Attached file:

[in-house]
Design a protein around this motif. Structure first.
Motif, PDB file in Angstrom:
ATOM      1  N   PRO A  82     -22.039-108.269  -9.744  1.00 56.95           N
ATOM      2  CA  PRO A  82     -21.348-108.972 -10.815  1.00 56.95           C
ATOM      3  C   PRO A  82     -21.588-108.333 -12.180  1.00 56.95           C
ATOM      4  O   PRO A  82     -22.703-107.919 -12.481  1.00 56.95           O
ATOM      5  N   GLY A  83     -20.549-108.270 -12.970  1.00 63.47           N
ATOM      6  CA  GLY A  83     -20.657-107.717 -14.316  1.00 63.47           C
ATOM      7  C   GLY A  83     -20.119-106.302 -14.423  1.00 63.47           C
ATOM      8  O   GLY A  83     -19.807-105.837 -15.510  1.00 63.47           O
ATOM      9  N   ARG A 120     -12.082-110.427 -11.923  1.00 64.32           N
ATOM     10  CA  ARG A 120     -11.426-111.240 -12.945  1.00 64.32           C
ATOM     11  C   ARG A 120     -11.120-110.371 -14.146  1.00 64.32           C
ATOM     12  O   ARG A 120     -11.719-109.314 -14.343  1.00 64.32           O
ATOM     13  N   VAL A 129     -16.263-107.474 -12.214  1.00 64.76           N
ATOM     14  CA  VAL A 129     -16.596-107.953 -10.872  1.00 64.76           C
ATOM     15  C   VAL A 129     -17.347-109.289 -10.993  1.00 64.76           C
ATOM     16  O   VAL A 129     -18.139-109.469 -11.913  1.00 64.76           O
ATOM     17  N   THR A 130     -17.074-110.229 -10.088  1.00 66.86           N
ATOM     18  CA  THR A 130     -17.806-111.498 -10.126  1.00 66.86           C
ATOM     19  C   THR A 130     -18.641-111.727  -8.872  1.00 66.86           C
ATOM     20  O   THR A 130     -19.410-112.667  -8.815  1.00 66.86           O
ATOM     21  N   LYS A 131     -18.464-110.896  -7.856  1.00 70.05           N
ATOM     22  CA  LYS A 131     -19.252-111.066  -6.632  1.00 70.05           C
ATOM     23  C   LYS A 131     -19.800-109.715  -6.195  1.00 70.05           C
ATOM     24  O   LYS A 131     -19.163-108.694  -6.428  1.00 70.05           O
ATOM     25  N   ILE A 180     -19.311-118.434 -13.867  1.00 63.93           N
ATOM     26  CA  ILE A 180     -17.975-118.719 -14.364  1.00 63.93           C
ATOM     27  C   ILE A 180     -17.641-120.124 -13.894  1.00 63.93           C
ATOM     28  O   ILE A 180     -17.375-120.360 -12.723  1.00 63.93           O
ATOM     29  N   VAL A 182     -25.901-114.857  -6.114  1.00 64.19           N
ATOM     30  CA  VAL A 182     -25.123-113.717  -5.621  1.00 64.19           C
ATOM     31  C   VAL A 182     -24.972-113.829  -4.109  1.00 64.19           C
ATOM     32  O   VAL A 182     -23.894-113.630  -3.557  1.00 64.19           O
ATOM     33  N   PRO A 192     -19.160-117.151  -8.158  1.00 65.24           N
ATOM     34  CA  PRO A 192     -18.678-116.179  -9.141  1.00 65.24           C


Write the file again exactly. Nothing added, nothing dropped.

[in-house]
Design a protein around this motif. Structure first.
Motif, PDB file in Angstrom:
ATOM      1  N   PRO A  82     -22.039-108.269  -9.744  1.00 56.95           N
ATOM      2  CA  PRO A  82     -21.348-108.972 -10.815  1.00 56.95           C
ATOM      3  C   PRO A  82     -21.588-108.333 -12.180  1.00 56.95           C
ATOM      4  O   PRO A  82     -22.703-107.919 -12.481  1.00 56.95           O
ATOM      5  N   GLY A  83     -20.549-108.270 -12.970  1.00 63.47           N
ATOM      6  CA  GLY A  83     -20.657-107.717 -14.316  1.00 63.47           C
ATOM      7  C   GLY A  83     -20.119-106.302 -14.423  1.00 63.47           C
ATOM      8  O   GLY A  83     -19.807-105.837 -15.510  1.00 63.47           O
ATOM      9  N   ARG A 120     -12.082-110.427 -11.923  1.00 64.32           N
ATOM     10  CA  ARG A 120     -11.426-111.240 -12.945  1.00 64.32           C
ATOM     11  C   ARG A 120     -11.120-110.371 -14.146  1.00 64.32           C
ATOM     12  O   ARG A 120     -11.719-109.314 -14.343  1.00 64.32           O
ATOM     13  N   VAL A 129     -16.263-107.474 -12.214  1.00 64.76           N
ATOM     14  CA  VAL A 129     -16.596-107.953 -10.872  1.00 64.76           C
ATOM     15  C   VAL A 129     -17.347-109.289 -10.993  1.00 64.76           C
ATOM     16  O   VAL A 129     -18.139-109.469 -11.913  1.00 64.76           O
ATOM     17  N   THR A 130     -17.074-110.229 -10.088  1.00 66.86           N
ATOM     18  CA  THR A 130     -17.806-111.498 -10.126  1.00 66.86           C
ATOM     19  C   THR A 130     -18.641-111.727  -8.872  1.00 66.86           C
ATOM     20  O   THR A 130     -19.410-112.667  -8.815  1.00 66.86           O
ATOM     21  N   LYS A 131     -18.464-110.896  -7.856  1.00 70.05           N
ATOM     22  CA  LYS A 131     -19.252-111.066  -6.632  1.00 70.05           C
ATOM     23  C   LYS A 131     -19.800-109.715  -6.195  1.00 70.05           C
ATOM     24  O   LYS A 131     -19.163-108.694  -6.428  1.00 70.05           O
ATOM     25  N   ILE A 180     -19.311-118.434 -13.867  1.00 63.93           N
ATOM     26  CA  ILE A 180     -17.975-118.719 -14.364  1.00 63.93           C
ATOM     27  C   ILE A 180     -17.641-120.124 -13.894  1.00 63.93           C
ATOM     28  O   ILE A 180     -17.375-120.360 -12.723  1.00 63.93           O
ATOM     29  N   VAL A 182     -25.901-114.857  -6.114  1.00 64.19           N
ATOM     30  CA  VAL A 182     -25.123-113.717  -5.621  1.00 64.19           C
ATOM     31  C   VAL A 182     -24.972-113.829  -4.109  1.00 64.19           C
ATOM     32  O   VAL A 182     -23.894-113.630  -3.557  1.00 64.19           O
ATOM     33  N   PRO A 192     -19.160-117.151  -8.158  1.00 65.24           N
ATOM     34  CA  PRO A 192     -18.678-116.179  -9.141  1.00 65.24           C